Calke Abbey

Rocking Horse, dark and contrasty.
Rocking horse at Calke Abbey.

A couple of weeks ago I visited Calke Abbey in Derbyshire. Despite having lived just 30 miles away all of my life this was my first ever visit. I was inspired to visit by having seen photos taken there by a friend some years ago and the knowledge that the place had been “preserved” in the rather run down and shabby state that it was in rather than being renovated.

I took my entire bag of Fuji lenses and a couple of bodies, my X-H1 and my X-Pro2. As it turned out I used my 90mm f2 on my X-H1 and my 35mm f1.4 on the X-Pro2 for the entire duration. As they don’t like large bags in the place then I’ll know better what kit to take next time and leave the Think Tank Retrospective 20 camera bag at home.

I loved the lighting conditions inside the house and on this visit that’s all I did, explore the house. There are hundreds of acres of grounds and a church and heaven knows what else to explore and I’m sure I’ll be back regularly to seek out new photographic inspiration.¬†

The rocking horse shown above was in a room that was used as a schoolroom. I was loving the way the sunlight was pouring through the window to the right and creating the kind of localised contrasty lighting I enjoy so much. I did a quick B&W conversion using a somewhat modified “Film Noir” filter in Silver Efex. A couple of others shots from the visit are shown below.

Rocking Horse, dark and contrasty.
Rocking horse at Calke Abbey in black and white.

 

Lamp and books on a side table, dark and moody.
Lamp and books on a side table, Calke Abbey.
Light streaming in through an old window.
I’m always attracted to dilapidation and this old window certainly fitted that bill.

Rick With A Silent P

Rick and Warren.
Rick and Warren. Fujifilm X-Pro2, 90mm f2. 1/125 at f2, ISO 6400.

I’m very aware that it has been a couple of months since I posted anything here. Yes, it has been a busy couple of months and thankfully some of that has been photography busy.

This photo of Rick and Warren was taken during the interval at a charity gig I recently attended at The Donkey on Welford Road, Leicester. I was there to support the good cause of the night and also to support my friends on stage : Bellatones.

I still have loads of photos to work my way through from that night which was over a week ago now but this one stood out from the pack for me when I was browsing through to see what I had captured that night.

The vast majority of my photos were of the musicians on stage, that was what I had intended to shoot after all. But at the interval I got chatting outside with Warren (the landlord at The Donkey) and Rick and his good lady, Caroline. It was Caroline who told me that it was “Rick with a silent P” so I do hope he doesn’t mind me using that as the title of this post.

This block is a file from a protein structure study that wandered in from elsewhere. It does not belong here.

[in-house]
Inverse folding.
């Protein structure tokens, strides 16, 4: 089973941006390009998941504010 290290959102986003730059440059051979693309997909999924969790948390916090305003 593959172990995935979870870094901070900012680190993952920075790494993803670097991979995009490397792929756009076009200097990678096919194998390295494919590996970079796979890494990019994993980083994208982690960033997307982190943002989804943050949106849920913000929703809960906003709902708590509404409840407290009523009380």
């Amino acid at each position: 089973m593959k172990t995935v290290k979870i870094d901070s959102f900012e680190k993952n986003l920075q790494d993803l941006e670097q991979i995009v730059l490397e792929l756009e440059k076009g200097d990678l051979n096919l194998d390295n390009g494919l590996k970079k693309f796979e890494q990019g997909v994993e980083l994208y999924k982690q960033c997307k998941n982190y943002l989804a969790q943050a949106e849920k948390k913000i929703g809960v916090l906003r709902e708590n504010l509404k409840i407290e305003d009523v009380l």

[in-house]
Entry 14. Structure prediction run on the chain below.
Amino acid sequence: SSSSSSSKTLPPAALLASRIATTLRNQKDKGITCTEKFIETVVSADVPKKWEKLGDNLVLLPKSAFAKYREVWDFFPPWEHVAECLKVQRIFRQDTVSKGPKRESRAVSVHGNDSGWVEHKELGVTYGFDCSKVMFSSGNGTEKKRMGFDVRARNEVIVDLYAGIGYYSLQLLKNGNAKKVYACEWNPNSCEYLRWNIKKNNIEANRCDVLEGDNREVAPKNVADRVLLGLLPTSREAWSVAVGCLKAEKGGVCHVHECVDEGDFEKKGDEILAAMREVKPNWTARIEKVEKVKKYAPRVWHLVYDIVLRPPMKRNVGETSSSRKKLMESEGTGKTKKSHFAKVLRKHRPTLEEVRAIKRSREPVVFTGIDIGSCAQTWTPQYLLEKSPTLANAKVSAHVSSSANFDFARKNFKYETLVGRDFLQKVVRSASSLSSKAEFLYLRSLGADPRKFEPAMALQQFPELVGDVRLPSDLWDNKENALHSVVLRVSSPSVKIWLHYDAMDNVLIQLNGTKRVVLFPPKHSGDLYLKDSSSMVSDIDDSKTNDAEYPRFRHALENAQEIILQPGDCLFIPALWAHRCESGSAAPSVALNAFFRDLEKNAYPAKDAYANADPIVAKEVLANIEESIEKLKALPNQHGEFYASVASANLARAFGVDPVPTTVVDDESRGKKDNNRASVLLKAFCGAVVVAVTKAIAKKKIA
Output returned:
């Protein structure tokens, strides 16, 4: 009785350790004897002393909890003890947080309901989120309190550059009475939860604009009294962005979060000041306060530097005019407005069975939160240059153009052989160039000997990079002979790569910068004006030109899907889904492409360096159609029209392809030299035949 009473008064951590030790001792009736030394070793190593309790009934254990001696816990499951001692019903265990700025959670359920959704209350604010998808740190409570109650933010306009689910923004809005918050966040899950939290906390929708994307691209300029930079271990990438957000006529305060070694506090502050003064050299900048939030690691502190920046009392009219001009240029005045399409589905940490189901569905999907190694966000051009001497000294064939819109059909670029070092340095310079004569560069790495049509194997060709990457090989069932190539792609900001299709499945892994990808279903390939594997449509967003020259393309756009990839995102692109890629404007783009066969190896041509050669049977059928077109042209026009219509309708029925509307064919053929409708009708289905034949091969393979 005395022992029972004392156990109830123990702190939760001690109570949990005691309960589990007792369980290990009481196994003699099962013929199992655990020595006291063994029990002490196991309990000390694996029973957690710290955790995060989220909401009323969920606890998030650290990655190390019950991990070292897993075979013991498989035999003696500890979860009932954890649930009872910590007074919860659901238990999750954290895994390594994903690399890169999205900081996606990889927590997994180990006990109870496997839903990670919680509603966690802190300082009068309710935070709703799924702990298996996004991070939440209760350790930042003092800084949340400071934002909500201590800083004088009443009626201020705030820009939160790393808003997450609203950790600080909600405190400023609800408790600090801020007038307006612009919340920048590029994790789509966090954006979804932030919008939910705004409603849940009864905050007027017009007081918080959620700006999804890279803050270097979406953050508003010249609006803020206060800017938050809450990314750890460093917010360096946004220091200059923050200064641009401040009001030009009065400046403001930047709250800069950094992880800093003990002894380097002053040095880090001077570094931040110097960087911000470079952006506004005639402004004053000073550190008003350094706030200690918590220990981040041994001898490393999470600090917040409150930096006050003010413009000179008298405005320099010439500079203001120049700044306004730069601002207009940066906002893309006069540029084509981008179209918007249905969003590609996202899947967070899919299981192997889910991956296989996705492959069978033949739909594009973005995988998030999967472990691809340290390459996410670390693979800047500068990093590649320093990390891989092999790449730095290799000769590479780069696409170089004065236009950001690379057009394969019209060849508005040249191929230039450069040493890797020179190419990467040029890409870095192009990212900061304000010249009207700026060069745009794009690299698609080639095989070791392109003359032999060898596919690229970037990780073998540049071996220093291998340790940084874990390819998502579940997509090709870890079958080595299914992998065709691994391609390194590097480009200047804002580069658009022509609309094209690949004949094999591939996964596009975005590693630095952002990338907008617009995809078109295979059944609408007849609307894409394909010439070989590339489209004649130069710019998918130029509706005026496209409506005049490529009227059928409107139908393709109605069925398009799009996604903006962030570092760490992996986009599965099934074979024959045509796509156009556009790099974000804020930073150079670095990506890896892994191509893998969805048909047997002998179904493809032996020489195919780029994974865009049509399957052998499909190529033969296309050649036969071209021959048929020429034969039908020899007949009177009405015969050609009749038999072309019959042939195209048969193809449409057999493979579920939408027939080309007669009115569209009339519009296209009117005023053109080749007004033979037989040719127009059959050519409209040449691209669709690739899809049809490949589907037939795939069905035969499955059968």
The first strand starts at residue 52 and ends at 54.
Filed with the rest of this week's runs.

We had a bit of friendly banter during which time Rick, Warren and Caroline got talking about my photography and I snapped one of Rick and Warren together at their request.

It can often be tricky to judge the technical qualities of a photo from the tiny screen on the back of a camera but this one looked pretty good and after showing it to the subjects I ended up being persuaded to take quite a few more of Rick, Warren, Caroline and various of their friends.

It was dark out there.

I had been shooting the acts on stage at ISO 3200 but for these shots I was nabbing outside the venue I had to crank it up a notch to ISO 6400. I’ve always been wary of shooting at high ISO with any camera I’ve owned but I tend to think that it’s better to get something that may have some noise but is free of camera shake so these days I tend to just go with the flow and pump up that ISO as necessary.

And I was not disappointed.

Shot at 1/125, f2 on the X-Pro2 with the excellent Fujinon 90mm lens at ISO 6400. I was even able to focus using auto-focus without any trouble. The only lighting was provided by a string of light bulbs set along the top of the wall about 10 to 15 feet to my left as I shot.

Would this photo have been any better if I’d used my so called “full frame” EOS-6D? I doubt it. I don’t like the term “full frame”. If you mean 35mm sensor then say 35mm sensor. “Full frame” is meaningless – what is full? 2.25 inch square is bigger than a 35mm frame size so how can 35mm be “full”? How about 4×5 inch sheet film? How about 8×10 inch? That makes 135 film (35mm) look tiny. Where do you stop? (I tend to agree with Zak Arias’ point of view on this as expressed wonderfully¬†here).

The best camera is the one you have with you – whether it has a 35mm sensor, an APS-C sensor, Micro Four Thirds or a phone’s camera. You just have to get out there and shoot with it.

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